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BASF to Shutter TDI Plant, Shed Workers

The chemicals giant will enact structural changes at its storied Ludwigshafen site and cut around 2,600 jobs in an effort to “right-size” the company in a challenging economic environment.

Norbert Sparrow

March 1, 2023

3 Min Read
BASF TDI plant in Ludwigshafen
Image courtesy of BASF

Battered by the high cost of energy and raw materials, largely exacerbated by the war in Ukraine, chemicals giant BASF announced a series of “concrete measures” to strengthen competitiveness in its recent 2022 business report. During the presentation last month, Chairman of the Board of Executive Directors Dr. Martin Brudermüller announced structural changes to the Ludwigshafen site along with other cost-saving initiatives. It will cut approximately 2,600 jobs as part of its “right-sizing” efforts.

Although BASF reported an 11.1% increase in sales in 2022, reaching €87.3 billion, the growth was mainly driven by higher prices “across almost all segments due to an increase in raw materials and energy prices.” BASF’s global operational earnings were burdened by additional energy costs totaling €3.2 billion, with Europe accounting for around 84% of this increase. This mostly affected the Verbund site in Ludwigshafen, Germany, said BASF, where it has a 157-year history.

The war in Ukraine, high raw materials and energy costs in Europe, rising prices and interest rates, and inflation, all of which had a profound impact on the overall economy, will continue in 2023, according to BASF’s forecasting. It anticipates moderate 1.6% growth in the global economy for 2023 and 2% growth in global chemical production.

“Europe’s competitiveness is increasingly suffering from overregulation, slow and bureaucratic permitting processes, and, in particular, high costs for most production input factors,” said Brudermüller at the presentation. “All this has already hampered market growth in Europe in comparison with other regions. High energy prices are now putting an additional burden on profitability and competitiveness in Europe,” he said, before outlining the measures BASF is putting in place to weather the gathering storm.

The cost-savings program, which includes the aforementioned layoffs, includes a number of operational modifications. When completed, It is expected to generate annual cost savings of more than €500 million in non-production areas. Roughly half of the cost savings will come at the expense of the Ludwigshafen site.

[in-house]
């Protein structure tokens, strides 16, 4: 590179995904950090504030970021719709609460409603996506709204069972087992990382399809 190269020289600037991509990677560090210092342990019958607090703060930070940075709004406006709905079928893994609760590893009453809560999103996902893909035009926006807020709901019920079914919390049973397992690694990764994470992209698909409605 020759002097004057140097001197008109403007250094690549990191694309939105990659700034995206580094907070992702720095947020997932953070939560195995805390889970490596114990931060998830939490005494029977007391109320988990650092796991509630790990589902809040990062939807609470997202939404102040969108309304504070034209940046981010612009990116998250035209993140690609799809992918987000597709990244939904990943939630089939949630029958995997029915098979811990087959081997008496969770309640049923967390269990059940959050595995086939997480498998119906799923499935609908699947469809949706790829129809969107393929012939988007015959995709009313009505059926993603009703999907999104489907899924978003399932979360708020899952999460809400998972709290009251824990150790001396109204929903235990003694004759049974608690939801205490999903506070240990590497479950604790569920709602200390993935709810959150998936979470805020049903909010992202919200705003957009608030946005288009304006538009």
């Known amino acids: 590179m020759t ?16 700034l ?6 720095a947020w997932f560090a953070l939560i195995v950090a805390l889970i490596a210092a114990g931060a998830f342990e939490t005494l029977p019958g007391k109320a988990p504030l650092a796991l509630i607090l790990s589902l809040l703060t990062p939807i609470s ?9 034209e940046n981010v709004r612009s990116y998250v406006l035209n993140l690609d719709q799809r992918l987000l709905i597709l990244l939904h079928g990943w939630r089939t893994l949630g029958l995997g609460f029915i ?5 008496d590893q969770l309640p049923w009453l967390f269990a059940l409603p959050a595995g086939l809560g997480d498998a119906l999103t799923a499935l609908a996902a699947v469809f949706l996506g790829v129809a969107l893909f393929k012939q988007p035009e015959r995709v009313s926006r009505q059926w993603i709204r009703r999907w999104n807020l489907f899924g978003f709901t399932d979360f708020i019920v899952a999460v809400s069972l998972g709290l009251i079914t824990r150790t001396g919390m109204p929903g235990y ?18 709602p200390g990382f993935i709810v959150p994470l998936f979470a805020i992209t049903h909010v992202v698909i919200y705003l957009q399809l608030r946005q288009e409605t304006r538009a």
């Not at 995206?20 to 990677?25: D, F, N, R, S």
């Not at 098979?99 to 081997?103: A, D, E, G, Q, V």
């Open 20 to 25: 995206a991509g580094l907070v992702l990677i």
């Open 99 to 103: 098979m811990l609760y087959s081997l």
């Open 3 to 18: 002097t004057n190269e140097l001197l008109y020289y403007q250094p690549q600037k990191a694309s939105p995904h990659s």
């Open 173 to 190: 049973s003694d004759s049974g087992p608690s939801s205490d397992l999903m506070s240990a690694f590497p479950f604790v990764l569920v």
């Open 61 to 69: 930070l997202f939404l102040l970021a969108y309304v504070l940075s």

Notably, BASF will shutter the TDI plant and precursor plants for DNT and TDA in Ludwigshafen. BASF said in its report that demand for TDI has not met expectations, especially in Europe, the Middle East, and Africa. (The compound is used in the production of polyurethanes, among other applications.) Consequently, the TDI complex in Ludwigshafen has been underutilized at a time when energy and utility costs have soared. European customers will continue to be reliably supplied with TDI from BASF plants in the United States, South Korea, and China, the company said.

BASF also announced closures at the Ludwigshafen site of a caprolactam plant, one of two ammonia plants and associated fertilizer facilities, and cyclohexanol, cyclohexanone, and soda ash plants. Adipic acid production will also be reduced.

Approximately 700 production jobs will be affected by these changes, but Brudermüller stressed that he is confident that those employees will choose to accept a position at a different BASF plant. The measures will be implemented stepwise by the end of 2026 and are expected to reduce fixed costs by more than €200 million per year, said BASF.

About the Author(s)

Norbert Sparrow

Editor in chief of PlasticsToday since 2015, Norbert Sparrow has more than 30 years of editorial experience in business-to-business media. He studied journalism at the Centre Universitaire d'Etudes du Journalisme in Strasbourg, France, where he earned a master's degree. Reach him at [email protected].

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